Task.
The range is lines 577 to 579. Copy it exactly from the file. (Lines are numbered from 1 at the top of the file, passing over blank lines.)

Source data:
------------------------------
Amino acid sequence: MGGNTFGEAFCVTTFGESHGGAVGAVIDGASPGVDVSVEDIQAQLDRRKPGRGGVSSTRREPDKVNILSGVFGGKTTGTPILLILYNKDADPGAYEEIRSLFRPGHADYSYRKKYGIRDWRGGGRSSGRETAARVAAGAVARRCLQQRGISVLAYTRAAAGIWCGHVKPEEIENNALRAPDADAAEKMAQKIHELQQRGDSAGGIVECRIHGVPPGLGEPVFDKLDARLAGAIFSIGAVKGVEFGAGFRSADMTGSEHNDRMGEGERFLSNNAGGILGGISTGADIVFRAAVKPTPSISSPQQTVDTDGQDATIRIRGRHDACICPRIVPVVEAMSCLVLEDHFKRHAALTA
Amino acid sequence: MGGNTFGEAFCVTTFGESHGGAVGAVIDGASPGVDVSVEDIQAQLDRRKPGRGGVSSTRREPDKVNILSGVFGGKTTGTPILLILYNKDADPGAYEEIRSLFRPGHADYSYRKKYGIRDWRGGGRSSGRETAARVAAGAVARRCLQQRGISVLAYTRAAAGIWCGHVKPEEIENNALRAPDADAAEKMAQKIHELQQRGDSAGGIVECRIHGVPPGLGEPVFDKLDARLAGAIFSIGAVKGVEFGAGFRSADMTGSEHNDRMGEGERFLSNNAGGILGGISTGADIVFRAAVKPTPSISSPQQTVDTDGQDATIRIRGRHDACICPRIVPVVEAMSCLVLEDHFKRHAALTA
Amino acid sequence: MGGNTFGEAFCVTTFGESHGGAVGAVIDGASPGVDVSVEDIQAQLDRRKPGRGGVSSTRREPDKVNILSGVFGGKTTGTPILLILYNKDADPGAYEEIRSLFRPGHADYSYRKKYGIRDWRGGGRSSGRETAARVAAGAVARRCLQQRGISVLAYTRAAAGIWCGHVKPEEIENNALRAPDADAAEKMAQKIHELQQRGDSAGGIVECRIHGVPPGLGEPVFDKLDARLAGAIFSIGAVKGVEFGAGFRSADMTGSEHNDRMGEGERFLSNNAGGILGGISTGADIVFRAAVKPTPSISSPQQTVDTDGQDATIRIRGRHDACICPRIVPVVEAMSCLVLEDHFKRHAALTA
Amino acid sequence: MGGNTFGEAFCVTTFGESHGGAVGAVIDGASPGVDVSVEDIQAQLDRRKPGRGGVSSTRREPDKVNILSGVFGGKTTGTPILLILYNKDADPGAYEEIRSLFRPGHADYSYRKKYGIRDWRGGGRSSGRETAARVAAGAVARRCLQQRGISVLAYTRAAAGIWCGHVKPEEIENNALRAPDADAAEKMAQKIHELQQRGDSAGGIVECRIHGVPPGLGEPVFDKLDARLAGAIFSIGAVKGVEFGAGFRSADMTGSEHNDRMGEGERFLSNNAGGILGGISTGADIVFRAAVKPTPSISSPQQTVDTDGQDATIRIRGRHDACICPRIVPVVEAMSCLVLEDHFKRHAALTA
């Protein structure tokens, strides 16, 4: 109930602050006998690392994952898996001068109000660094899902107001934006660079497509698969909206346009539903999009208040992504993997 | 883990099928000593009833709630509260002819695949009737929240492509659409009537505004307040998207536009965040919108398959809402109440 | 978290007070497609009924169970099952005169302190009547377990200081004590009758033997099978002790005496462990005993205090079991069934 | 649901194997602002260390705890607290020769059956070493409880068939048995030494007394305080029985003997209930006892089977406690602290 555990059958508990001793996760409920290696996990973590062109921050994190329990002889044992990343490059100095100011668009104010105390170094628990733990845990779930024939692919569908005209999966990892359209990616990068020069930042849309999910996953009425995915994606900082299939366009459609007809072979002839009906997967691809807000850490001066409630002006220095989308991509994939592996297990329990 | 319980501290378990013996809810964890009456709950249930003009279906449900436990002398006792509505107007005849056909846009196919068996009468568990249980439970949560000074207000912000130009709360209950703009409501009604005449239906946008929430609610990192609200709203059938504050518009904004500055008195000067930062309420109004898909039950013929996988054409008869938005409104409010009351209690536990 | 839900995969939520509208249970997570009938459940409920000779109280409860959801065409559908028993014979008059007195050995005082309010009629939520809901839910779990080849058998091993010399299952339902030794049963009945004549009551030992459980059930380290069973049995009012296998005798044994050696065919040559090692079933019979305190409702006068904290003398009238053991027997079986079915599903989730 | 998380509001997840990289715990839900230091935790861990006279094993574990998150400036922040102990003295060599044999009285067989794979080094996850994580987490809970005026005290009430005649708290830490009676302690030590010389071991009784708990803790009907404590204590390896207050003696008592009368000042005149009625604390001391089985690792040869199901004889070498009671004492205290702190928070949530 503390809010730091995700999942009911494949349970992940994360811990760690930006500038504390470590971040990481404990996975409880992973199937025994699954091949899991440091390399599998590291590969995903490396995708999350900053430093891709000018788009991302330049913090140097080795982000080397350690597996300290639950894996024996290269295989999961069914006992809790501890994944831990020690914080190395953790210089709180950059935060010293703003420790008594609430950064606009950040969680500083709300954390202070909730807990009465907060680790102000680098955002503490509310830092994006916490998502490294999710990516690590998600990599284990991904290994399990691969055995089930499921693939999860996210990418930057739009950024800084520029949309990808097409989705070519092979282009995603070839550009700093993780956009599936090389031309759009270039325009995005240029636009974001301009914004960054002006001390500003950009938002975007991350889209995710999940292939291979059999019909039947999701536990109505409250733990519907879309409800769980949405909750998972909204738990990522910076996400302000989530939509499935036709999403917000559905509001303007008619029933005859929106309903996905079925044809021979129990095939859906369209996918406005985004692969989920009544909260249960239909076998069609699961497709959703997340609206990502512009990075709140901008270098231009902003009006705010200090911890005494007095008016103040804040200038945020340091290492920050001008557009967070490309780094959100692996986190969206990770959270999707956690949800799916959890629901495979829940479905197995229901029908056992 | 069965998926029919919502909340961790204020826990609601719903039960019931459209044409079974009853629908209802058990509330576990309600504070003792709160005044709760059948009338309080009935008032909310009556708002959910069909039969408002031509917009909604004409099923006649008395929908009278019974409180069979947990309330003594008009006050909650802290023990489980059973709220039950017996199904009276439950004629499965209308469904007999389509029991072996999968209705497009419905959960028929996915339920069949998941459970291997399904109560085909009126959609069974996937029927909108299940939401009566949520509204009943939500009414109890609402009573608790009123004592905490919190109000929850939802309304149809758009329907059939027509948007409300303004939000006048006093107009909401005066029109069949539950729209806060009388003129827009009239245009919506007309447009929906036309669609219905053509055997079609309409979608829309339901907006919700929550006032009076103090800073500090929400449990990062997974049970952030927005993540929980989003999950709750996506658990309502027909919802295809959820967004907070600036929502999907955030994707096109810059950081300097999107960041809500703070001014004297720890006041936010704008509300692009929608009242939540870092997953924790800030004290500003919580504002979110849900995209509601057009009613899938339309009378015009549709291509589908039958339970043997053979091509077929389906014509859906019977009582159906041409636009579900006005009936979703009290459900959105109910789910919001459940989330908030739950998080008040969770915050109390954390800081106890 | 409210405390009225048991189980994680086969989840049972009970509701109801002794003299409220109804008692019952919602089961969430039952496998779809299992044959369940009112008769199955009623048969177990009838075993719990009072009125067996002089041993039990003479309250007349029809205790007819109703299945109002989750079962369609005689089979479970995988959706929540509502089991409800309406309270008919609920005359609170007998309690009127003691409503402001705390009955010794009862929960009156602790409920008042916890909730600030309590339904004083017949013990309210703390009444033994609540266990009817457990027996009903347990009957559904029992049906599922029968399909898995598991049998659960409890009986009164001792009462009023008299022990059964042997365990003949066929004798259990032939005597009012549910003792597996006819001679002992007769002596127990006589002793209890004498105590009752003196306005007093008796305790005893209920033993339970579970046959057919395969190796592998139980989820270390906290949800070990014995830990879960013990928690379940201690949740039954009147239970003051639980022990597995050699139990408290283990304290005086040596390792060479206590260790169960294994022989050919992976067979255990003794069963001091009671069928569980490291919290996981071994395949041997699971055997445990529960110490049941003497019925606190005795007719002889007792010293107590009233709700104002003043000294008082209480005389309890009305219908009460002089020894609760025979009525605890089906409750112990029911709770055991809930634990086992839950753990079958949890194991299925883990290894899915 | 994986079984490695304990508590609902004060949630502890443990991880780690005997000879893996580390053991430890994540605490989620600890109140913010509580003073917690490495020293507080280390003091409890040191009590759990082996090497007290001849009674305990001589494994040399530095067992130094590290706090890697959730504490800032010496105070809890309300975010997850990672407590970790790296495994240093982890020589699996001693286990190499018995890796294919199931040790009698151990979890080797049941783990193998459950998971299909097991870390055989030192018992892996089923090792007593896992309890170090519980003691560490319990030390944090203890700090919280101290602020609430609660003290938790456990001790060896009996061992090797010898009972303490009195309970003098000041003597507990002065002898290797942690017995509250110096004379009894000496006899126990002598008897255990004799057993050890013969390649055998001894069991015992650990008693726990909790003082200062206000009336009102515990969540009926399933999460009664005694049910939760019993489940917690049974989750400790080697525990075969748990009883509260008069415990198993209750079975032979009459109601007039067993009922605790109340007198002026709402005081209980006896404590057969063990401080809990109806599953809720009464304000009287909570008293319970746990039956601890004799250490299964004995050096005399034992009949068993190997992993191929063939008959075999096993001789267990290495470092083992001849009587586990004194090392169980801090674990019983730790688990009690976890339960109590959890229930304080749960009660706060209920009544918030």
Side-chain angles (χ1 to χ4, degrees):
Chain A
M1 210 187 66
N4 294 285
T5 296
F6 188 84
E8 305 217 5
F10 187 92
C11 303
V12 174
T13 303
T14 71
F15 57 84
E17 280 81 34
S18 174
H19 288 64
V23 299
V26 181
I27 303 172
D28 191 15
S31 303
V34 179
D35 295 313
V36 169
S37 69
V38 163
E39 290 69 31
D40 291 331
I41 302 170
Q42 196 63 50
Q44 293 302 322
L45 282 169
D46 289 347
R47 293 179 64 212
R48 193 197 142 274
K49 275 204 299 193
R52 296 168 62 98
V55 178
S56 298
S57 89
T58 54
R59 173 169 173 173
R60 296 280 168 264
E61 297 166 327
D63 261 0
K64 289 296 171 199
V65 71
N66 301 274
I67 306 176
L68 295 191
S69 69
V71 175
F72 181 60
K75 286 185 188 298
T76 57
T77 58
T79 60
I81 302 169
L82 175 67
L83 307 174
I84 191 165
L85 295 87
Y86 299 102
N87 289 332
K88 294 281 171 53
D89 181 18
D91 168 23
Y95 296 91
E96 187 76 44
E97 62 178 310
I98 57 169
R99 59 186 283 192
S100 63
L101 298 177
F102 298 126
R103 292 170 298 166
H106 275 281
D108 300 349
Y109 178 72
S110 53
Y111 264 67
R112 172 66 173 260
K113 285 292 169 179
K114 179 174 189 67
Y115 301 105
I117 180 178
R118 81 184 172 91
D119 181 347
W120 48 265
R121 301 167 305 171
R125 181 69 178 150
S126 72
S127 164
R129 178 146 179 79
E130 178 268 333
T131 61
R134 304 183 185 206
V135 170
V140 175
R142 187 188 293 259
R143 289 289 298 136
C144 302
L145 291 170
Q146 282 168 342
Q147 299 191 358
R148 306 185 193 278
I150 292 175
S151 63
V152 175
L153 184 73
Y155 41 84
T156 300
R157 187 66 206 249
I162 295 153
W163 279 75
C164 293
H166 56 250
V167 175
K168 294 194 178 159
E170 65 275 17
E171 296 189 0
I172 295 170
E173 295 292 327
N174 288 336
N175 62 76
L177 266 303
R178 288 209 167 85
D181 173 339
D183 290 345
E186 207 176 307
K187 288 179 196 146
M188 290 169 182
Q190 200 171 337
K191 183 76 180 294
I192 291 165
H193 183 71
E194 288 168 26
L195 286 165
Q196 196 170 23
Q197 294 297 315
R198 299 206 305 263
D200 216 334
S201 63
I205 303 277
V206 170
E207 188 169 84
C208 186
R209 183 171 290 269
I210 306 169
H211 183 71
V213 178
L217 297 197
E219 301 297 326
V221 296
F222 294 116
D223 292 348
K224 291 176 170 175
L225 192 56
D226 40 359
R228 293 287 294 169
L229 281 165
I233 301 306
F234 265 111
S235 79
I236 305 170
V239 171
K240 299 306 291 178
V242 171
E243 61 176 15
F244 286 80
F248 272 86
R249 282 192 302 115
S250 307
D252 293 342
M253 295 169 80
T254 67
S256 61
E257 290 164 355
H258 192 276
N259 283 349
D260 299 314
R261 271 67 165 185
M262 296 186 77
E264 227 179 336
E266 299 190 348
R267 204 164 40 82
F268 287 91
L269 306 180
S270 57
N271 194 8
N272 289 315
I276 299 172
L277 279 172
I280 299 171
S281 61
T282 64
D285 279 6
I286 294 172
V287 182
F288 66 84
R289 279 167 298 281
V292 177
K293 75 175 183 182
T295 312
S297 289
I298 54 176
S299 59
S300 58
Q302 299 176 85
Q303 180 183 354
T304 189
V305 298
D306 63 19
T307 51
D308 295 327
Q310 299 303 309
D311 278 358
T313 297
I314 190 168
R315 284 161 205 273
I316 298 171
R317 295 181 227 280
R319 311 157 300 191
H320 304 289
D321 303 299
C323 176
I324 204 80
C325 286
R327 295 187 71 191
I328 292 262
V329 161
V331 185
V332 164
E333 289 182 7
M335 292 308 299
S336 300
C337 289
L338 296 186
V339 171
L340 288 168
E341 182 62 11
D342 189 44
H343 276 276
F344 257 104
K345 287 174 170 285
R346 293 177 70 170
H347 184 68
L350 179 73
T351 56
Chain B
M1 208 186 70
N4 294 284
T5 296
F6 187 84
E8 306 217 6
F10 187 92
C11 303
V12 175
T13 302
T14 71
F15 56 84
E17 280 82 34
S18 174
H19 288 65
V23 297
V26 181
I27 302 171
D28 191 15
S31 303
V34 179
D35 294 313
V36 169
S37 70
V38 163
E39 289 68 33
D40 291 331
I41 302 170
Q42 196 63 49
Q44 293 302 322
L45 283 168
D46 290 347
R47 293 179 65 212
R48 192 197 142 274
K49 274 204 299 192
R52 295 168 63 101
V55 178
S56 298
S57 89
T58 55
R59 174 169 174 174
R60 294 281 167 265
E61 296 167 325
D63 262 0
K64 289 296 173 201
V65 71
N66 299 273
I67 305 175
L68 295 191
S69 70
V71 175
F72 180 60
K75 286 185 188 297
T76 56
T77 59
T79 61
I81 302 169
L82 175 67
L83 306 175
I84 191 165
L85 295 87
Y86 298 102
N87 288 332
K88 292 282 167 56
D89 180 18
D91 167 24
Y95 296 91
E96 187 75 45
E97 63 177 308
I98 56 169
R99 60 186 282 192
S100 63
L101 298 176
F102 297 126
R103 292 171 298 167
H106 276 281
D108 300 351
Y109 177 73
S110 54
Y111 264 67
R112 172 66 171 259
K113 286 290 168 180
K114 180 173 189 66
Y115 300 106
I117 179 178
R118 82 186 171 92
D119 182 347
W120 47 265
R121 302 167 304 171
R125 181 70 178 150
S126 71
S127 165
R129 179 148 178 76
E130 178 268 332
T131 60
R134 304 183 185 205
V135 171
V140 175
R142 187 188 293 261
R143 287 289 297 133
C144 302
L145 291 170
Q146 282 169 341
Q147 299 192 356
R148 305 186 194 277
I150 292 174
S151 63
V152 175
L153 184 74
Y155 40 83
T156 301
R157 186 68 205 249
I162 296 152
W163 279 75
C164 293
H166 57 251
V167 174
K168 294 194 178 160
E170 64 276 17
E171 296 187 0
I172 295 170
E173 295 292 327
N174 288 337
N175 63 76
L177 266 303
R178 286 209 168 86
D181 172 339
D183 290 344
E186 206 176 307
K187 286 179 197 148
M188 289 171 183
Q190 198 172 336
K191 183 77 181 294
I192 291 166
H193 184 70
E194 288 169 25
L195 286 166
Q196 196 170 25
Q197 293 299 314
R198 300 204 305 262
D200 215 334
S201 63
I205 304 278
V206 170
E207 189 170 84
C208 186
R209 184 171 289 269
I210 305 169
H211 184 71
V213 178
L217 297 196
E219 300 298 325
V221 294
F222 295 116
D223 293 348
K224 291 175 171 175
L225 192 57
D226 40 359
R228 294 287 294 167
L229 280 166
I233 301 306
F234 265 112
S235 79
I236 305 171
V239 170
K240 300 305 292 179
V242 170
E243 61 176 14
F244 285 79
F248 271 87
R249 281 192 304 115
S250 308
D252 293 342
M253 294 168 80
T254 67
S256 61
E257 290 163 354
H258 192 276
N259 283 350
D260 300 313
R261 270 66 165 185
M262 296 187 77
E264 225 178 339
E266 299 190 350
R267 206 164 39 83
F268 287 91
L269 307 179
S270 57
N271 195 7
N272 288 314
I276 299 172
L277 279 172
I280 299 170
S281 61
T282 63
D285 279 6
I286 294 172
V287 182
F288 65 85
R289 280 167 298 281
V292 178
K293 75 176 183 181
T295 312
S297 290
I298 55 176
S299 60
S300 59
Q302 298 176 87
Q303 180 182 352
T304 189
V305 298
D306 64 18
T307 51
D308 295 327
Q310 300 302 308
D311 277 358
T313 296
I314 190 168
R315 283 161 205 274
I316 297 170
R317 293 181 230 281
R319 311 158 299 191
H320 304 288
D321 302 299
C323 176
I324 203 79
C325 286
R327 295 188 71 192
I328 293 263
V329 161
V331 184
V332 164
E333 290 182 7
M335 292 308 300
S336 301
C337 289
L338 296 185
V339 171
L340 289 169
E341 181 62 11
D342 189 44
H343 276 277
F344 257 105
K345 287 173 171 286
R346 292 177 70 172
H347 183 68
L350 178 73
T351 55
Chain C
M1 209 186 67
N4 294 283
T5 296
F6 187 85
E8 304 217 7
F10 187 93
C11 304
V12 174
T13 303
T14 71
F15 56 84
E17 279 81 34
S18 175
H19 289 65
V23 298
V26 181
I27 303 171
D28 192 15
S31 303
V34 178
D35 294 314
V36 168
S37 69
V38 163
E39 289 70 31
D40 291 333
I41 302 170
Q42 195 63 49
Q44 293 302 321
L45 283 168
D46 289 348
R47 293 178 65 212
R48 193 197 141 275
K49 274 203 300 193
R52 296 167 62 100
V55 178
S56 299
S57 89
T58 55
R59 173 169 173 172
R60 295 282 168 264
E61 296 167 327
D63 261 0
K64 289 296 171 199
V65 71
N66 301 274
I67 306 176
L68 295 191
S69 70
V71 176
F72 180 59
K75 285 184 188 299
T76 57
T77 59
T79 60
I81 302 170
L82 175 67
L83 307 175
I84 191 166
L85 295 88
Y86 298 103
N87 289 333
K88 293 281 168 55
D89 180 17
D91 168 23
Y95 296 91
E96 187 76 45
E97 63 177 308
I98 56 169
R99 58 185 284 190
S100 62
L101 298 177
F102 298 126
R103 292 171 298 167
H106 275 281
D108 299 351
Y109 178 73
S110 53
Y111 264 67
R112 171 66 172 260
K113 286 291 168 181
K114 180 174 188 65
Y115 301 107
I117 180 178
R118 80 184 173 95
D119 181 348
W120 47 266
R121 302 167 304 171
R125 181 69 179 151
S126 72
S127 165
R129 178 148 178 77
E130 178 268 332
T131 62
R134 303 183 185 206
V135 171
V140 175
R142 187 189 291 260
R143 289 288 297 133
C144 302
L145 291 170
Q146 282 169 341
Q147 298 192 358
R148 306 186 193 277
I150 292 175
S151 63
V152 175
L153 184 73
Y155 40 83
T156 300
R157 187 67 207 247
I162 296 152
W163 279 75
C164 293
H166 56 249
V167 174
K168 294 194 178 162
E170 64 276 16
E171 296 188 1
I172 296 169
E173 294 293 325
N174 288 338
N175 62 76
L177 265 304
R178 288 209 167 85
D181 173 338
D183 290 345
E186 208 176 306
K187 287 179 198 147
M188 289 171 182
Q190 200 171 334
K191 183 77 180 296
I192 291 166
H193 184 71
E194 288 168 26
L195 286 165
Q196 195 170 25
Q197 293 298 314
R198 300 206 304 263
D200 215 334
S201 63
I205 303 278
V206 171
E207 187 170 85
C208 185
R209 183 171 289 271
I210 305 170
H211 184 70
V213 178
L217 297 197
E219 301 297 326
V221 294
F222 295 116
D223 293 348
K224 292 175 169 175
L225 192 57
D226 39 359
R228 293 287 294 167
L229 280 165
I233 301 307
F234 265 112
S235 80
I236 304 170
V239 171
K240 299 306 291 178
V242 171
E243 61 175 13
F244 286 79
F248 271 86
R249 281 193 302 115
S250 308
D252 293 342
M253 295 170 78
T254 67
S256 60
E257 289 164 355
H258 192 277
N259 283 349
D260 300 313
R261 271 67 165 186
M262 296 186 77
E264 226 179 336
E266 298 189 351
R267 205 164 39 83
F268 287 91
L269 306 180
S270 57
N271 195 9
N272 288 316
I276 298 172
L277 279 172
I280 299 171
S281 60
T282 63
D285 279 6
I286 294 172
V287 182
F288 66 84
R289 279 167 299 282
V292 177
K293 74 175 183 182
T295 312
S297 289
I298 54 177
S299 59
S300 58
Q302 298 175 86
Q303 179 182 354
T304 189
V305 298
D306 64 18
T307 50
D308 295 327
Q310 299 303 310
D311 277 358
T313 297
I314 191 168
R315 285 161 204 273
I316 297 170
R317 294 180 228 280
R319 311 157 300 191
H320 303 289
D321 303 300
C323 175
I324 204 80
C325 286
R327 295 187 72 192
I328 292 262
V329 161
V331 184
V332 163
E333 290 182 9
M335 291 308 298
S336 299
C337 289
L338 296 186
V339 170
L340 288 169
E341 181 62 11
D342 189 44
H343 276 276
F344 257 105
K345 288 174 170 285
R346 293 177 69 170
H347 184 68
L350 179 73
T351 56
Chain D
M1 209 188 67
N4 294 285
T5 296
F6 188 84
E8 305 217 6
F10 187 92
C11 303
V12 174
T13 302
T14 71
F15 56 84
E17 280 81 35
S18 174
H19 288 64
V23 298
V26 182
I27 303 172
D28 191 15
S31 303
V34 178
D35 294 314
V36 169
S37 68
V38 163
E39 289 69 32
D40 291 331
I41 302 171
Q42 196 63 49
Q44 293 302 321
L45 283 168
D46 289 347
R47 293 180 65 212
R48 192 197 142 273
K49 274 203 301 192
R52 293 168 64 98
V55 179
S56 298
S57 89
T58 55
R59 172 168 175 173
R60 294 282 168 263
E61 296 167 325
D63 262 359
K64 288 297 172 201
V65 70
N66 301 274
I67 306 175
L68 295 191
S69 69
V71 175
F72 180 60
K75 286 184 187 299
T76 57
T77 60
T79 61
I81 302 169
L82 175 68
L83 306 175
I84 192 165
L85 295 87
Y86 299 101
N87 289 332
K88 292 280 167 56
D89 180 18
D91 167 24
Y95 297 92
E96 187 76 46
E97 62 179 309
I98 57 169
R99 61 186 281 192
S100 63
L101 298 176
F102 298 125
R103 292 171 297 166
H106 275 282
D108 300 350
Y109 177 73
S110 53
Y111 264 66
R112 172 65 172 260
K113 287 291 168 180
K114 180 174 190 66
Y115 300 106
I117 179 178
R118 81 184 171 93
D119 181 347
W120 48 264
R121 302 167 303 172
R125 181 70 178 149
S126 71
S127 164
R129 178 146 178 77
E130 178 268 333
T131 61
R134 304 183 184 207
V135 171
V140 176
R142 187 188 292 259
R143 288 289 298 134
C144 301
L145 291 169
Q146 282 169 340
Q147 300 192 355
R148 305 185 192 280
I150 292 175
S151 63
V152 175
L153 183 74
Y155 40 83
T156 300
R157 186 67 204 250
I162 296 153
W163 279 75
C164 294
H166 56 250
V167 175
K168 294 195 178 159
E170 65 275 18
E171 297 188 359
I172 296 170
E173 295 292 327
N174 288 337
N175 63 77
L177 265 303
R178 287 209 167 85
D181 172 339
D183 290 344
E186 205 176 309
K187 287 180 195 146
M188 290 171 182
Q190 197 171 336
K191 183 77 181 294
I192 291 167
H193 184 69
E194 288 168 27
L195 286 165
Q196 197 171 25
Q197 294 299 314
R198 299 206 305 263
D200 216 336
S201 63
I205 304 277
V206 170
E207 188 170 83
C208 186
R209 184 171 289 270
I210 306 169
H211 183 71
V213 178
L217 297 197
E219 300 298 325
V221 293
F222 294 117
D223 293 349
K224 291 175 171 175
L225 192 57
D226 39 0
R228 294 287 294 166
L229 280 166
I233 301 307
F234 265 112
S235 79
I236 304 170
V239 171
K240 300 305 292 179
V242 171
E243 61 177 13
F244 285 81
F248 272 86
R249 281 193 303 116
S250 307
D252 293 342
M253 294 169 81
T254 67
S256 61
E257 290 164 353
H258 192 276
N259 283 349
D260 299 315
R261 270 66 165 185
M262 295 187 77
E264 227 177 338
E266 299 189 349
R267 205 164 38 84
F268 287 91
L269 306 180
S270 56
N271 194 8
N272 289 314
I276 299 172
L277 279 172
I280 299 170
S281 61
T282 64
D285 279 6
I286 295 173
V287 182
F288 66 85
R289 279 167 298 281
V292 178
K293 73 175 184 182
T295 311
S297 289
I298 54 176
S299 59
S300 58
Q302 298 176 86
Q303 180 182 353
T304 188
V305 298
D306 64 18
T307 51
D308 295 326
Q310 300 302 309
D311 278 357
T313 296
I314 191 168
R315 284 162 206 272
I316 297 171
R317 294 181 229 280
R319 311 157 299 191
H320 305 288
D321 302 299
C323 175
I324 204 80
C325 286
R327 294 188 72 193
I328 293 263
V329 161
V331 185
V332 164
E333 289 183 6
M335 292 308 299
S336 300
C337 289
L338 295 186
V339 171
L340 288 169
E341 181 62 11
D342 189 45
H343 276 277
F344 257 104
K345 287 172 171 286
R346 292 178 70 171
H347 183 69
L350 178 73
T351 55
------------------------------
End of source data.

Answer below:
R103 292 171 298 167
H106 275 281
D108 299 351